Understanding RF signal fading types

Publish Date: Sep 12, 2018 | 4 Ratings | 5.00 out of 5 | Print

Overview

National Instruments has partnered with Prentice Hall to bring you large portions of in-depth technical topics from several PTR RF and Communications books, including Digital Communications: Fundamentals and Applications, 2nd Edition. This series of content is designed for a broad range of audiences, from experts who want to review a specific topic to students who need easy-to-understand documentation for their projects.

Table of Contents

  1. 5.5 Types of Small-Scale Fading
  2. 5.5.1 Fading Effects Due to Multipath Time Delay Spread
  3. 5.5.2 Fading Effects Due to Doppler Spread
  4. Relevant NI products
  5. Buy the Book

1. 5.5 Types of Small-Scale Fading

Section 5.3 demonstrated that the type of fading experienced by a signal propagating

through a mobile radio channel depends on the nature of the transmitted signal with

respect to the characteristics of the channel. Depending on the relation between the

signal parameters (such as bandwidth, symbol period, etc.) and the channel parameters

(such as rms delay spread and Doppler spread), different transmitted signals will undergo

different types of fading. The time dispersion and frequency dispersion mechanisms in a

mobile radio channel lead to four possible distinct effects, which are manifested depending

on the nature of the transmitted signal, the channel, and the velocity. While multipath

delay spread leads to time dispersion and frequency selective fading, Doppler spread

leads to frequency dispersion and time selective fading. The two propagation mechanisms

are independent of one another. Figure 5.11 shows a tree of the four different types of fading.

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2. 5.5.1 Fading Effects Due to Multipath Time Delay Spread

Time dispersion due to multipath causes the transmitted signal to undergo either flat or frequency

selective fading.

         5.5.1.1 Flat fading

If the mobile radio channel has a constant gain and linear phase response over a bandwidth

which is greater than the bandwidth of the transmitted signal, then the received signal will

undergo flat fading. This type of fading is historically the most common type of fading described

in the technical literature. In flat fading, the multipath structure of the channel is such that the

spectral characteristics of the transmitted signal are preserved at the receiver. However the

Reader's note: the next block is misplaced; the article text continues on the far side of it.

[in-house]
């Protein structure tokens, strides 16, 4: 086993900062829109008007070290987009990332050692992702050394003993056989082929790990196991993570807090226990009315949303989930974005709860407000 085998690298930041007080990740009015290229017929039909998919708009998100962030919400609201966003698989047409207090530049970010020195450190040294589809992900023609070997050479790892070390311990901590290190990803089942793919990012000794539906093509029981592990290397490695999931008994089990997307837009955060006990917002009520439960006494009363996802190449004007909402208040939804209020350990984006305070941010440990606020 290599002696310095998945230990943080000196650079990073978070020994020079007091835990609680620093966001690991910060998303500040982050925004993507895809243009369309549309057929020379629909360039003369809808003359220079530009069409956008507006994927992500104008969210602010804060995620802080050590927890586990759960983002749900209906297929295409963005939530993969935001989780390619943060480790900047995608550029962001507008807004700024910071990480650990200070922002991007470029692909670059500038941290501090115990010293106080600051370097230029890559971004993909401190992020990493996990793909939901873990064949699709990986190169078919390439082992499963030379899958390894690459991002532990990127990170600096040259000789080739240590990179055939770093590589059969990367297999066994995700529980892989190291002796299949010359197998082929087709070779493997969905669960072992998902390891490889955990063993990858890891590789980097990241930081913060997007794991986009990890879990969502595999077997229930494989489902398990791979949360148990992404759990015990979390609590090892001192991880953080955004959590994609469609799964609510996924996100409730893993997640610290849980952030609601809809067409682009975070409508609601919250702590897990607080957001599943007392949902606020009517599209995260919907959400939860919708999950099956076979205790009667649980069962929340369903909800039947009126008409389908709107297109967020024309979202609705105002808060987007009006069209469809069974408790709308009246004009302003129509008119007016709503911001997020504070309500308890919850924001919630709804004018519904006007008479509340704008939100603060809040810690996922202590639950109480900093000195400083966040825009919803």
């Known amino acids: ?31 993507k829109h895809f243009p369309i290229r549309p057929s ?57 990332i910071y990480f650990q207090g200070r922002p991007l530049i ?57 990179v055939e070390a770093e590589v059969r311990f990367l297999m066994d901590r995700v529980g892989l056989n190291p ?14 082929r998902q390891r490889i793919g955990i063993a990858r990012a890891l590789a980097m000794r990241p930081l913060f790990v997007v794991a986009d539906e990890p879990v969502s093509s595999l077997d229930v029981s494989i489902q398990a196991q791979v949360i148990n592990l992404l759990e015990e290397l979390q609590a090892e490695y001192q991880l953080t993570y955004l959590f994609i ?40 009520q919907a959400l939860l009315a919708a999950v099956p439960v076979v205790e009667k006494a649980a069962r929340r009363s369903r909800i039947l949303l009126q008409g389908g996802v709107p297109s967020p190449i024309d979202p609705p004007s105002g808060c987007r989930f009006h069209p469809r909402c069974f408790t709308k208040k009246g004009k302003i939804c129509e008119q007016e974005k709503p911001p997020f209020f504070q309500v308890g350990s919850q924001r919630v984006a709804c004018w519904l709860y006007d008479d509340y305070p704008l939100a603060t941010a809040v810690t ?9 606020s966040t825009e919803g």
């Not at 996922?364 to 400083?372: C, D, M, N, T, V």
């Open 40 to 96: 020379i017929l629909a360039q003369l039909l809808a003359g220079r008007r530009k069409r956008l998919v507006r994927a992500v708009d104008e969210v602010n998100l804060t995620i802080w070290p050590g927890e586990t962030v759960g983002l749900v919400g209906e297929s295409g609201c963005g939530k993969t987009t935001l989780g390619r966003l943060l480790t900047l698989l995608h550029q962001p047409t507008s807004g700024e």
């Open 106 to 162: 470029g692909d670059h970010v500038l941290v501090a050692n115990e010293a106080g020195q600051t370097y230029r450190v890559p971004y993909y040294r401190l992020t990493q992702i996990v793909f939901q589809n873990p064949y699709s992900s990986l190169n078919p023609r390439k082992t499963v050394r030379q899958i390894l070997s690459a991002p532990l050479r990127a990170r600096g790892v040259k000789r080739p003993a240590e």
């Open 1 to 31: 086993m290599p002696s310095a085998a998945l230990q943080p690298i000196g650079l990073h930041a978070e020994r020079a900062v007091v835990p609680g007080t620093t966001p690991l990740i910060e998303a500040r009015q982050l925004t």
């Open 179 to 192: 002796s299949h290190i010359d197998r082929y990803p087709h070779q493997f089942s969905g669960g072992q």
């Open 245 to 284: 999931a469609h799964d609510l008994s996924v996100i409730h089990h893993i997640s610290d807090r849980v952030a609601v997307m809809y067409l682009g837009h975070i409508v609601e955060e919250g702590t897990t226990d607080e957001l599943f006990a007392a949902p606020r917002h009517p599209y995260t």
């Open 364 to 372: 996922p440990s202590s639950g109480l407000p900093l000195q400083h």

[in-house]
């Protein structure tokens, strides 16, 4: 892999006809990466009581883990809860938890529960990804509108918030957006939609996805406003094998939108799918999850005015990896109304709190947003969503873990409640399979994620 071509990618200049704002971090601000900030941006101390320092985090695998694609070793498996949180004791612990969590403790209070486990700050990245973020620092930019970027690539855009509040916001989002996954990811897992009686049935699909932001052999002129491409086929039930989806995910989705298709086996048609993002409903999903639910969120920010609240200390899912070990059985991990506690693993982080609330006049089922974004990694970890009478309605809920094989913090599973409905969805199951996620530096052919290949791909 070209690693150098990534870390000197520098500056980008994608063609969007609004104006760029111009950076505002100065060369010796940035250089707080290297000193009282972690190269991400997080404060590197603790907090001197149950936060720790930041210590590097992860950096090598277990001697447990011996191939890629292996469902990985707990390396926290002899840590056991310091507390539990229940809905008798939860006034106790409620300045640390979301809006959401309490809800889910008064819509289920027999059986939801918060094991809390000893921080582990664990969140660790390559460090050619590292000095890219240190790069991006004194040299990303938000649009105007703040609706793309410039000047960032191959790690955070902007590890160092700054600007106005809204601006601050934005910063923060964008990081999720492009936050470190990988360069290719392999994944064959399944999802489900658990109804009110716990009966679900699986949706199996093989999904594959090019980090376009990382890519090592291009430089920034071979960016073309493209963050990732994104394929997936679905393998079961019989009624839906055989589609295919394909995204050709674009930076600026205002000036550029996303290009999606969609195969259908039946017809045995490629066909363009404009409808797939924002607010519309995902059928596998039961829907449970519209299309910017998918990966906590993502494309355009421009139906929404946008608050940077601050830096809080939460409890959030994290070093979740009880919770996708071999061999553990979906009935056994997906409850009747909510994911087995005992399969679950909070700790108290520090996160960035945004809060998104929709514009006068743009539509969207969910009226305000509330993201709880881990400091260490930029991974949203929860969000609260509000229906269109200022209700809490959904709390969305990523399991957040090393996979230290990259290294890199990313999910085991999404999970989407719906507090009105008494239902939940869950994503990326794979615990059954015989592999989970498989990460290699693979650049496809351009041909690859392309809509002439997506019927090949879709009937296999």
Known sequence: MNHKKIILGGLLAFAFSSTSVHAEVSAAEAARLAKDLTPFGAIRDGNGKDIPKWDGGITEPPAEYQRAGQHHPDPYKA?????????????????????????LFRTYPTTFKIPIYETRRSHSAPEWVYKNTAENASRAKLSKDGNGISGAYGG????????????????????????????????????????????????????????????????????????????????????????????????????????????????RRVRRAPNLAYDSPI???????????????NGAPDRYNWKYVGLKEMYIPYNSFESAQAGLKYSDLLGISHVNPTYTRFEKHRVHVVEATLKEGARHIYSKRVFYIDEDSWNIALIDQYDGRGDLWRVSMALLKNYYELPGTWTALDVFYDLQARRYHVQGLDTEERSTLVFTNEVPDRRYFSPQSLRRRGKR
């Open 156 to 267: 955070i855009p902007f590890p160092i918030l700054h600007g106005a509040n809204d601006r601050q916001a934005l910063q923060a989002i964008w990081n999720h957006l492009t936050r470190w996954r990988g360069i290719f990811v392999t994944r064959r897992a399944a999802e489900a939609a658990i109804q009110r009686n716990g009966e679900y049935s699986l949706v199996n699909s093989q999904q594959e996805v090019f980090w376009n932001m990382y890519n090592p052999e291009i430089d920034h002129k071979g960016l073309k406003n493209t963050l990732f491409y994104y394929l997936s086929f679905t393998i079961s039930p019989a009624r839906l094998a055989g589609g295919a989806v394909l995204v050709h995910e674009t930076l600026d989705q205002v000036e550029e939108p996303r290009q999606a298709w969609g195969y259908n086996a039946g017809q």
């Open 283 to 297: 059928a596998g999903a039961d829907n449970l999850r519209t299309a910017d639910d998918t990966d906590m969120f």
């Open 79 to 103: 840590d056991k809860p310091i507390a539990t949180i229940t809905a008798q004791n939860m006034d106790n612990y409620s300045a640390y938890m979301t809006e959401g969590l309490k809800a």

strength of the received signal changes with time, due to fluctuations in the gain of the channel

caused by multipath. The characteristics of a flat fading channel are illustrated in Figure 5.12.

It can be seen from Figure 5.12 that if the channel gain changes over time, a change of

amplitude occurs in the received signal. Over time, the received signal r(t) varies in gain, but

the spectrum of the transmission is preserved. In a flat fading channel, the reciprocal bandwidth

 

Figure 5.11 Types of small-scale fading.

of the transmitted signal is much larger than the multipath time delay spread of the

channel, and  can be approximated as having no excess delay (i.e., a single delta

function with  

Flat fading channels are also known as amplitude varying channels and are sometimes referred to as 

narrowband channels, since the bandwidth of the applied signal is narrow as compared to the channel

flat fading bandwidth. Typical flat fading channels cause deep fades, and thus may require 20 or 30 dB

more transmitter power to achieve low bit error rates during times of deep fades as compared to

systems operating over non-fading channels. The distribution of the instantaneous gain of flat fading

channels is important for designing radio links, and the most common amplitude distribution is the

Rayleigh distribution. The Rayleigh flat fading channel model assumes that the channel induces an

amplitude which varies in time according to the Rayleigh distribution.

To summarize, a signal undergoes flat fading if

and

where Ts is the reciprocal bandwidth (e.g., symbol period) and Bs is the bandwidth, respectively,

of the transmitted modulation, and

are the rms delay spread and coherence bandwidth, respectively, of the channel.

Figure 5.12 Flat fading channel characteristics.

 

 

            5.5.1.2 Frequency Selective Fading

If the channel possesses a constant-gain and linear phase response over a bandwidth that is

smaller than the bandwidth of transmitted signal, then the channel creates frequency selective

fading on the received signal. Under such conditions, the channel impulse response has a multipath

delay spread which is greater than the reciprocal bandwidth of the transmitted message

waveform. When this occurs, the received signal includes multiple versions of the transmitted

waveform which are attenuated (faded) and delayed in time, and hence the received signal is distorted.

Frequency selective fading is due to time dispersion of the transmitted symbols within the

channel. Thus the channel induces intersymbol interference (ISI). Viewed in the frequency

domain, certain frequency components in the received signal spectrum have greater gains than

others.

Frequency selective fading channels are much more difficult to model than flat fading

channels since each multipath signal must be modeled and the channel must be considered to be a

linear filter. It is for this reason that wideband multipath measurements are made, and models are